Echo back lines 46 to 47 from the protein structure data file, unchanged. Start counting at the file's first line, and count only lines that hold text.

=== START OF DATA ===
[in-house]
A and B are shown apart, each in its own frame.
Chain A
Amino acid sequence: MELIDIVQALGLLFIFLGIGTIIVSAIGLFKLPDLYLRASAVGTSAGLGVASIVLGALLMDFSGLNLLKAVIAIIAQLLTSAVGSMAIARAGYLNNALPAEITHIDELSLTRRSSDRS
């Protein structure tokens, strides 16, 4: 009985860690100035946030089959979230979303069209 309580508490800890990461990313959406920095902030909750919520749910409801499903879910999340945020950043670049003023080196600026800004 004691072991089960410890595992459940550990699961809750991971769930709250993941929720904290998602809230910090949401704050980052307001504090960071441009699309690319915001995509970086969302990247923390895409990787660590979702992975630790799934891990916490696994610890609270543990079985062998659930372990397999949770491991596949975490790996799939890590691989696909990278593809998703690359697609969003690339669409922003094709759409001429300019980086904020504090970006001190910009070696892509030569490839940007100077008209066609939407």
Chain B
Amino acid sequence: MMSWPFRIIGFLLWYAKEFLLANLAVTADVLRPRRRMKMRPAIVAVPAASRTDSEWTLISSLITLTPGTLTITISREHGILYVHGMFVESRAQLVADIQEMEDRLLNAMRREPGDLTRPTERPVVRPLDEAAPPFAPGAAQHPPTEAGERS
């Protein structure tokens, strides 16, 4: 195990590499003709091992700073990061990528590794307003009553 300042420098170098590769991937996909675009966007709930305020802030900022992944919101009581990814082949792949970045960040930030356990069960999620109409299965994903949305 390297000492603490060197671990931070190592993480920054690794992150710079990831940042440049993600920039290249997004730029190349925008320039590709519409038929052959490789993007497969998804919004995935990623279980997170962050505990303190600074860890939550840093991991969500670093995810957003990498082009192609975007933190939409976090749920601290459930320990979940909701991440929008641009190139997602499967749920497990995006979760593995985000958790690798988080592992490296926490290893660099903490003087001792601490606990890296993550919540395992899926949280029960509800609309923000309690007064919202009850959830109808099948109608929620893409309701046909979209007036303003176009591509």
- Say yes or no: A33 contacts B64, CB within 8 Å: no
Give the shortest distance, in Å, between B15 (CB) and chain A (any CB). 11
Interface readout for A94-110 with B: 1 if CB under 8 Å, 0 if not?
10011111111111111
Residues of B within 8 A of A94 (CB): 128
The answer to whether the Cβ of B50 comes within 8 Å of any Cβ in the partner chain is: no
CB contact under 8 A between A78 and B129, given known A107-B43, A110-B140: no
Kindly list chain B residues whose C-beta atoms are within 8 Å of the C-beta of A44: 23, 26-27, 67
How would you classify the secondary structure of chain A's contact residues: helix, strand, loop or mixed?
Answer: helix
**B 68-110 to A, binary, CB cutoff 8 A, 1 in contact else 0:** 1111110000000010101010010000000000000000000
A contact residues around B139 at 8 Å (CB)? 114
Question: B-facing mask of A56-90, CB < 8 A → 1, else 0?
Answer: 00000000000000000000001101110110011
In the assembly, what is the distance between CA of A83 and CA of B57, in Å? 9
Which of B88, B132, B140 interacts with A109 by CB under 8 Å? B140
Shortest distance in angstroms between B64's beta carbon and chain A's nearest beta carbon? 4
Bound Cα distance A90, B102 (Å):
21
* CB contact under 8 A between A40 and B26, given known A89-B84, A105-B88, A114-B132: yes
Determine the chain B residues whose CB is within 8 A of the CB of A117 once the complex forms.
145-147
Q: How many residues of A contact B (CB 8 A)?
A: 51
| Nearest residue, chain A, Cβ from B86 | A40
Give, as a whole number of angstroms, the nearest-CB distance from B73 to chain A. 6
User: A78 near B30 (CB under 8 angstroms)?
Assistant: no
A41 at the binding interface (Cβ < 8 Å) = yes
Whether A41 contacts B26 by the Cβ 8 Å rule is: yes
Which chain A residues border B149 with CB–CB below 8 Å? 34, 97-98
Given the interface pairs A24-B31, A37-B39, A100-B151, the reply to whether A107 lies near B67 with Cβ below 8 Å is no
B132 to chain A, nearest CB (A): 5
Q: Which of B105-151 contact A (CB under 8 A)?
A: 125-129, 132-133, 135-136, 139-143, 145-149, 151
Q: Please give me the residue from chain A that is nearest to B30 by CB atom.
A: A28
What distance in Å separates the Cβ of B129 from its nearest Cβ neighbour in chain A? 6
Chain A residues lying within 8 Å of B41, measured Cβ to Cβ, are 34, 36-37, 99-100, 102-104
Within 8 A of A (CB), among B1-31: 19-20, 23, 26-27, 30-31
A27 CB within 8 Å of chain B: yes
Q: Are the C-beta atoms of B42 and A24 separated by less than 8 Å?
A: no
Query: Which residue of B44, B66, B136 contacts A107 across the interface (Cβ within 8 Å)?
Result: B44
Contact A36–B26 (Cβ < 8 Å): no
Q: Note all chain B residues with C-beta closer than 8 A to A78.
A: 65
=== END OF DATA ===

What distance in Å separates the Cβ of B129 from its nearest Cβ neighbour in chain A? 6
Chain A residues lying within 8 Å of B41, measured Cβ to Cβ, are 34, 36-37, 99-100, 102-104